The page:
One of the best moments of BYU’s win over Texas was when the Cougars honored former star Shawn Bradley
Coach Mark Pope relayed a poignant story about becoming acquainted with the former BYU star through a letter
From the way BYU won by shelving its 3-point loving style to attacking the paint with reckless abandon to the return of Fousseyni Traore into a more significant role and the “Horns Down” T-shirt controversy, BYU’s 84-72 win over Texas on Saturday afternoon didn’t lack storylines.
Somewhat lost in the day’s events, however, was a visit by former BYU basketball star Shawn Bradley, who watched the game courtside from his wheelchair and was recognized during the first half.
Bradley’s introduction via the big screen that hangs above the court drew a loud and lengthy round of applause from the Marriott Center crowd.
“I just randomly get this letter in the mail from a star who was coming back to be the No. 2 pick in the NBA draft. And it was a seven-page letter. I read it and re-read it. It just had so much meaning to me. Just the fact that he would reach out. It actually is super, it is in my heart.” — BYU coach Mark Pope
Bradley later said the tribute brought tears to his eyes.
After the game that moved BYU’s record to 3-4 in Big 12 play, 15-5 overall, coach Mark Pope relayed a poignant story about receiving a letter from Bradley when Pope was a freshman at the University of Washington, “living in the Northwest in absolute anonymity trying to find my way through this game.”
Pope said Bradley, who was paralyzed in January of 2021 in a bicycle accident in St. George, has always been “super special” to him since he was also a highly recruited post player in high school.
It was Bradley’s first appearance at a BYU game since the life-changing accident.
“I just randomly get this letter in the mail from a star who was coming back to be the No. 2 pick in the NBA draft, and it was a seven-page letter,” Pope said.
“I read it and re-read it. It just had so much meaning to me. Just the fact that he would reach out. It actually is super, it is in my heart.”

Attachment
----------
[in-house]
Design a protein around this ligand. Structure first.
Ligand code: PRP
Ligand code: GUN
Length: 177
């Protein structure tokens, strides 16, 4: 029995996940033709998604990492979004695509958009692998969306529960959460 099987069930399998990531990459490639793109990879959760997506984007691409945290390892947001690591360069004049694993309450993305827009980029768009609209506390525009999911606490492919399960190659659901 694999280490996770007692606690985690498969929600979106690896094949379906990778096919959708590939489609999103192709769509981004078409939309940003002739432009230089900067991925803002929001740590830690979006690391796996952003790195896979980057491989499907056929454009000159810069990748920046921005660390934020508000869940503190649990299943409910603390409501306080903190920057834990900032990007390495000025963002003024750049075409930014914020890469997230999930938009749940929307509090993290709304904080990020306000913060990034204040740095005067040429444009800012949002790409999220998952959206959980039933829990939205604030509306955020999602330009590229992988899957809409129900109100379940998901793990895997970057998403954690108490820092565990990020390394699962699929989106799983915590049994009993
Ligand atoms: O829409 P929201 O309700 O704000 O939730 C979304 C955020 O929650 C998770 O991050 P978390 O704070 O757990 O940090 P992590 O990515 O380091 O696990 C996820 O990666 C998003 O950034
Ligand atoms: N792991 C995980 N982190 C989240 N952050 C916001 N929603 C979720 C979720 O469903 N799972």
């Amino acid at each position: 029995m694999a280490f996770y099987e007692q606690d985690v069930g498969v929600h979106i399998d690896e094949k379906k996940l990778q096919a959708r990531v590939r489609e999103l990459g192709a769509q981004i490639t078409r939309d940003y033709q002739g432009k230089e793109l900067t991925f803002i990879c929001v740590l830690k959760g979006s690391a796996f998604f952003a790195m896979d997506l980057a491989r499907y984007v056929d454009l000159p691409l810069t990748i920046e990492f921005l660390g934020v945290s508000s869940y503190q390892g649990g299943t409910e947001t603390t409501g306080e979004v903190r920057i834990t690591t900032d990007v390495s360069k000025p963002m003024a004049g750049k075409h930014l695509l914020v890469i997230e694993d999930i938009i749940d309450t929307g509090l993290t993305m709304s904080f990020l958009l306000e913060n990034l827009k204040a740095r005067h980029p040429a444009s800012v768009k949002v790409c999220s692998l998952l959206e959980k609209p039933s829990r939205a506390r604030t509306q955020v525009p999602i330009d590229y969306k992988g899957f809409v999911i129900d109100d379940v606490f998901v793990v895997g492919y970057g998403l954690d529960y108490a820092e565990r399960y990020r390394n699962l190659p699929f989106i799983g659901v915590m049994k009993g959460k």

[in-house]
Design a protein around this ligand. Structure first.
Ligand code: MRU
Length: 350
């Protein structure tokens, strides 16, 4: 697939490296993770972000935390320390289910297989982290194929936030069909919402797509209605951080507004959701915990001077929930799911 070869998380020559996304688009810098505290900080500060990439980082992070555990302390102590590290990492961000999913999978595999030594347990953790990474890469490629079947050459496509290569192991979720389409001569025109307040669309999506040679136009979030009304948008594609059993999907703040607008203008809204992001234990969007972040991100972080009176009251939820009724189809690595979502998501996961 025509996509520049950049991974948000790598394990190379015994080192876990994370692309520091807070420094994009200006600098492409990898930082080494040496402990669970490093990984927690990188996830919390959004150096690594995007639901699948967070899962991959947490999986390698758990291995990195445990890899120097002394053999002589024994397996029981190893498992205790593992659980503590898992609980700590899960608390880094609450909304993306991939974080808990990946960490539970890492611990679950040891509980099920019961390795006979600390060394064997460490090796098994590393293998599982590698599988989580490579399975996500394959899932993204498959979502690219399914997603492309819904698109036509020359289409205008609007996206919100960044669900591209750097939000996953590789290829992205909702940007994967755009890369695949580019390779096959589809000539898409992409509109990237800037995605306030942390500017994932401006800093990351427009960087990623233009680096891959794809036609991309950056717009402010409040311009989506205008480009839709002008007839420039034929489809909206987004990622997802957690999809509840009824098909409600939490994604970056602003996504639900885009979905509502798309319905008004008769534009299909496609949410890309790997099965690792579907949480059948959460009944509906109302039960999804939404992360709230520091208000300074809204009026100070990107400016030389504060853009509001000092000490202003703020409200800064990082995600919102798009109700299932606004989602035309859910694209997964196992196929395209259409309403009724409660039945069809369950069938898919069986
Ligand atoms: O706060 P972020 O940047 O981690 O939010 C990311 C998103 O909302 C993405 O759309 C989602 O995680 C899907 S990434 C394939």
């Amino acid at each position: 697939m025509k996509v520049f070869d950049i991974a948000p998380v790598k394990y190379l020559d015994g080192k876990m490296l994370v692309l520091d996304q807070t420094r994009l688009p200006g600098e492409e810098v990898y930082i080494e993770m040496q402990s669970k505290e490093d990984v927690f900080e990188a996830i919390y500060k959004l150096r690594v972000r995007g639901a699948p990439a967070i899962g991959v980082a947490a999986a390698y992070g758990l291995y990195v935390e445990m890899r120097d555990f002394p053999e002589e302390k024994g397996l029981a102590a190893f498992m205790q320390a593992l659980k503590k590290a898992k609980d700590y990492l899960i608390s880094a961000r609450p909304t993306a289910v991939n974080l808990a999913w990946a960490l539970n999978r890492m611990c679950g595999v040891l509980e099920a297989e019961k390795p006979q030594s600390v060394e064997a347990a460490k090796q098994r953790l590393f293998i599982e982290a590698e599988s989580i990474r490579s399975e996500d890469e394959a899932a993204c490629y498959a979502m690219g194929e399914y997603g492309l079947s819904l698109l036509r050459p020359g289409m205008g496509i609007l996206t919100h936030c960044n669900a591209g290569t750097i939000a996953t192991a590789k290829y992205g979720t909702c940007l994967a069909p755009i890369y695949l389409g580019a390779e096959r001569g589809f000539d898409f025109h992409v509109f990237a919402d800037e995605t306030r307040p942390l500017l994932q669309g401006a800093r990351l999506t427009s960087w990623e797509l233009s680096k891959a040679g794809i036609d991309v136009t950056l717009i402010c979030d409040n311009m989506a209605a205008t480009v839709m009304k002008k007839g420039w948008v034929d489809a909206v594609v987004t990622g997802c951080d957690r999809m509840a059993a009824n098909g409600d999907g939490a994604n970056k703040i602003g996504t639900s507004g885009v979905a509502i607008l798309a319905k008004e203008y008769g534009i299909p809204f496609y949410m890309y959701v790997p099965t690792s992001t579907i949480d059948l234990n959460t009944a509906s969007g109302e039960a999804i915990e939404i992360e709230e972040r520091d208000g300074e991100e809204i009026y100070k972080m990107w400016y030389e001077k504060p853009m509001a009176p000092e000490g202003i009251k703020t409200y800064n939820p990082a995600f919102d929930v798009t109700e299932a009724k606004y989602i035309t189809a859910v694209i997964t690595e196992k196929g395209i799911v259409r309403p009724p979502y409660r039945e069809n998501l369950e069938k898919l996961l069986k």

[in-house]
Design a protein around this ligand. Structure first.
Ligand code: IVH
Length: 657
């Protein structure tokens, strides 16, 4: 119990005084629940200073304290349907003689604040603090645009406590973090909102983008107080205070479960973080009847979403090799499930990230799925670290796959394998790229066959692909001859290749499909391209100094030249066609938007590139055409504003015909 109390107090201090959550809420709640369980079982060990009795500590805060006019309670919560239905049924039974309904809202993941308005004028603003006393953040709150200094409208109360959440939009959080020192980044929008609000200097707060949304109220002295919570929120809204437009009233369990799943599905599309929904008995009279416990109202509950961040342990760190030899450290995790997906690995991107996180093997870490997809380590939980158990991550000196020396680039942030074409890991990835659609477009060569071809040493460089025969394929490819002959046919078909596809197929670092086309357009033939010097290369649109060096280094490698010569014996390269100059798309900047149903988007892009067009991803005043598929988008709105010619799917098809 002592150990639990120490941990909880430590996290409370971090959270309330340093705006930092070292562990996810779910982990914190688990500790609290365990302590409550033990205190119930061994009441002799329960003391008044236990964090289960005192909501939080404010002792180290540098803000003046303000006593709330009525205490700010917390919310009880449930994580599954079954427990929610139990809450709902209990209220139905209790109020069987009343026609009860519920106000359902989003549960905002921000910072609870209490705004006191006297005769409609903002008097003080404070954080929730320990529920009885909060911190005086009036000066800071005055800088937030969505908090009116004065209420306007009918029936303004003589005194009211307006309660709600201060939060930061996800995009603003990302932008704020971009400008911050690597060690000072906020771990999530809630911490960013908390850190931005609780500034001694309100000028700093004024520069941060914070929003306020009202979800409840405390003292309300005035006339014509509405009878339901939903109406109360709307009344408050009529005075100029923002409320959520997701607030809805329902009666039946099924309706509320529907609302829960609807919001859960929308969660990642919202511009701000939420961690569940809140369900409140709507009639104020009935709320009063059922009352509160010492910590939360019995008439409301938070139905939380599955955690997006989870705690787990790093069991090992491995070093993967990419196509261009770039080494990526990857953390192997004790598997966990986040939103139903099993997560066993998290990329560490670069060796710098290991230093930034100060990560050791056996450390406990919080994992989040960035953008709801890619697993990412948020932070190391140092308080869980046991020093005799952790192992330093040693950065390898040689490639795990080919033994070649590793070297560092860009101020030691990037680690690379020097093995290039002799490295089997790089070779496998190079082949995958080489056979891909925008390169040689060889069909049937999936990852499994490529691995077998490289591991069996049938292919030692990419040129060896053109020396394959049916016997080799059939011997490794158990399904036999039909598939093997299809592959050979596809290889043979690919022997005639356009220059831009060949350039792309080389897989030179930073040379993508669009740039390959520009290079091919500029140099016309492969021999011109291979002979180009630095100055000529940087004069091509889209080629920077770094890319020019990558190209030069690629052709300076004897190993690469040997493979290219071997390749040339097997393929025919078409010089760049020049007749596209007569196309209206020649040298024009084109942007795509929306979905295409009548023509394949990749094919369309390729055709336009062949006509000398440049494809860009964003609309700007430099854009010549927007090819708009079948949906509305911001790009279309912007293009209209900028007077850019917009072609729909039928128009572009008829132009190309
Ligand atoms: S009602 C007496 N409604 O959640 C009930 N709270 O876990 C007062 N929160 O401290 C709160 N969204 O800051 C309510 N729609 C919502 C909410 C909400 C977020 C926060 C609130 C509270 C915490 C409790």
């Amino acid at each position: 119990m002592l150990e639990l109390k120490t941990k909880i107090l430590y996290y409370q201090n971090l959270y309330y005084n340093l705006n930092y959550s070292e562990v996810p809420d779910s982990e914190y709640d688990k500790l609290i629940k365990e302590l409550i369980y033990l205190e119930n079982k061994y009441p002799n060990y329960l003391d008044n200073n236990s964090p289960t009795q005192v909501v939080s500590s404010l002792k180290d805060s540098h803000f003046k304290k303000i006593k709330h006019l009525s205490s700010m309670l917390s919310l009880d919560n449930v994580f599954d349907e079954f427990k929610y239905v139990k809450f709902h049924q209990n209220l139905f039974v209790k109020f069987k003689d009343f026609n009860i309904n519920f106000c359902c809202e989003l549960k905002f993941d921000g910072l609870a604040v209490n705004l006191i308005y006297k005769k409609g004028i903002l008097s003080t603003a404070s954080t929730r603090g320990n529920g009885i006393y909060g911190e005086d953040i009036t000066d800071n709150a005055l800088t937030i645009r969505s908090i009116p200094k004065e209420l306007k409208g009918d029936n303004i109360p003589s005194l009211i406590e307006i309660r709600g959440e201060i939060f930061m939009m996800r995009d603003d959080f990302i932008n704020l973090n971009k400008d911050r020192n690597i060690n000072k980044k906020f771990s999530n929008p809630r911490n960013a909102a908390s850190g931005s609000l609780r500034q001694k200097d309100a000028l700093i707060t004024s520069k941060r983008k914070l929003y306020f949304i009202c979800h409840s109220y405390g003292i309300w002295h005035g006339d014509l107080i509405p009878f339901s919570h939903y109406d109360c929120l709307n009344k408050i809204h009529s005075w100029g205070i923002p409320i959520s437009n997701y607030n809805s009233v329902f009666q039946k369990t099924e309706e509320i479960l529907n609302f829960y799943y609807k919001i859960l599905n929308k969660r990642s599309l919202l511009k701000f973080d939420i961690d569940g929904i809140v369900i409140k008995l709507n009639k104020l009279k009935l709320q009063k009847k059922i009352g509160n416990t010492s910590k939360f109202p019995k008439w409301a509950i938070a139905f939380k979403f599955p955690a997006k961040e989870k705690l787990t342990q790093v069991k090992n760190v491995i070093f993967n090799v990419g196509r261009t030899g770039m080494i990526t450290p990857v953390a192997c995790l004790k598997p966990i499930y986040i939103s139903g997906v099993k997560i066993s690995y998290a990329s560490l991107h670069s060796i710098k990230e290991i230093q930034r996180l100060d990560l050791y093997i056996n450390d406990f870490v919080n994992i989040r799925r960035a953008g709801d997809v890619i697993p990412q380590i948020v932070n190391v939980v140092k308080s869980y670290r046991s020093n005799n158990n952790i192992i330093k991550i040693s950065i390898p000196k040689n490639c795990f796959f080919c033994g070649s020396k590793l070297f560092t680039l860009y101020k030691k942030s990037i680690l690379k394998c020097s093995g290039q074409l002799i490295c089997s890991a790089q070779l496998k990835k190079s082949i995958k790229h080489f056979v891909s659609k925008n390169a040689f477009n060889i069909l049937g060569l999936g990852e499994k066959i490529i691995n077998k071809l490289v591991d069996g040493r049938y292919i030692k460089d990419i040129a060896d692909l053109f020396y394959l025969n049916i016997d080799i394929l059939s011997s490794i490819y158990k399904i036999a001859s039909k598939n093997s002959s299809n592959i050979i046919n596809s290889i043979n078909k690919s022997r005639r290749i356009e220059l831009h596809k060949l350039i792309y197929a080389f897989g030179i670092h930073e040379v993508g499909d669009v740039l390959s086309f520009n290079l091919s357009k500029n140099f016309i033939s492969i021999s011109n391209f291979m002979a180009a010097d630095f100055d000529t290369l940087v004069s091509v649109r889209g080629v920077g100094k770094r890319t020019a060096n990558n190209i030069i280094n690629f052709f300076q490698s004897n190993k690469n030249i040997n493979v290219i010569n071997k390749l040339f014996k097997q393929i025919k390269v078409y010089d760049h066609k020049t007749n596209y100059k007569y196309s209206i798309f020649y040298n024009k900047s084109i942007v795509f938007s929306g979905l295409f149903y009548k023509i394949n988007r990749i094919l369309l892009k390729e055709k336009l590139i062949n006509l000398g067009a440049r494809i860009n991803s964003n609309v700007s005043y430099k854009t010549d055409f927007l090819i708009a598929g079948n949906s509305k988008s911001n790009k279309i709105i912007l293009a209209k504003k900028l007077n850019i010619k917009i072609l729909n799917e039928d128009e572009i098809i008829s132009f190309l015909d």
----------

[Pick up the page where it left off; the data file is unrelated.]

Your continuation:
Pope said he spoke to Bradley after Saturday’s game and learned that Bradley had received a similar letter when he was younger from BYU legend Danny Ainge, now an executive with the Utah Jazz.
Pope said the BYU players at the postgame news conference — seniors Jaxson Robinson and Noah Waterman, who had combined for 34 points in the win — will have the opportunity to make similar gestures in the future as part of the BYU basketball fraternity.
“Getting that letter from Shawn and reading it over and over, and it meant so much to me. That is pretty cool, man,” Pope said. “This legacy of BYU guys is pretty important, and it is pretty special to watch.”
Former BYU players such as Jimmer Fredette, Jake Toolson, Tyler Haws and T.J. Haws have attended recent BYU games and been featured on the big screen in BYU’s first season in the Big 12.
The 7-foot-6 Bradley played one season at BYU upon graduating from central Utah’s Emery High School, and averaged 14.8 points, 7.7 rebounds and 5.2 blocks per game during the 1990-91 season before going on a mission to Australia for The Church of Jesus Christ of Latter-day Saints.
Cougars on the air
No. 21 BYU (3-4, 15-5)
at West Virginia (2-5, 7-13)
Saturday, 4 p.m. MST
WVU Coliseum, Morgantown
Radio: 102.7 FM/1160 AM
He was the second overall pick in the 1993 NBA draft by the Philadelphia 76ers and also played for the New Jersey Nets and Dallas Mavericks. He retired in 2005 and returned to live in Utah.
After the win, Waterman praised the sellout crowd of 17,978 for helping the Cougars pull out the win.
BYU remained at No. 5 in the NET rankings and No. 9 in Kenpom.com after its third Big 12 win.
“Today was a good team win. We went out there, played our hearts out for our fans, in front of our fans. Really emphasized the defensive end. … And I think we executed really well,” Waterman said. “So overall it was a great team win.”
With a really great moment honoring Bradley mixed in.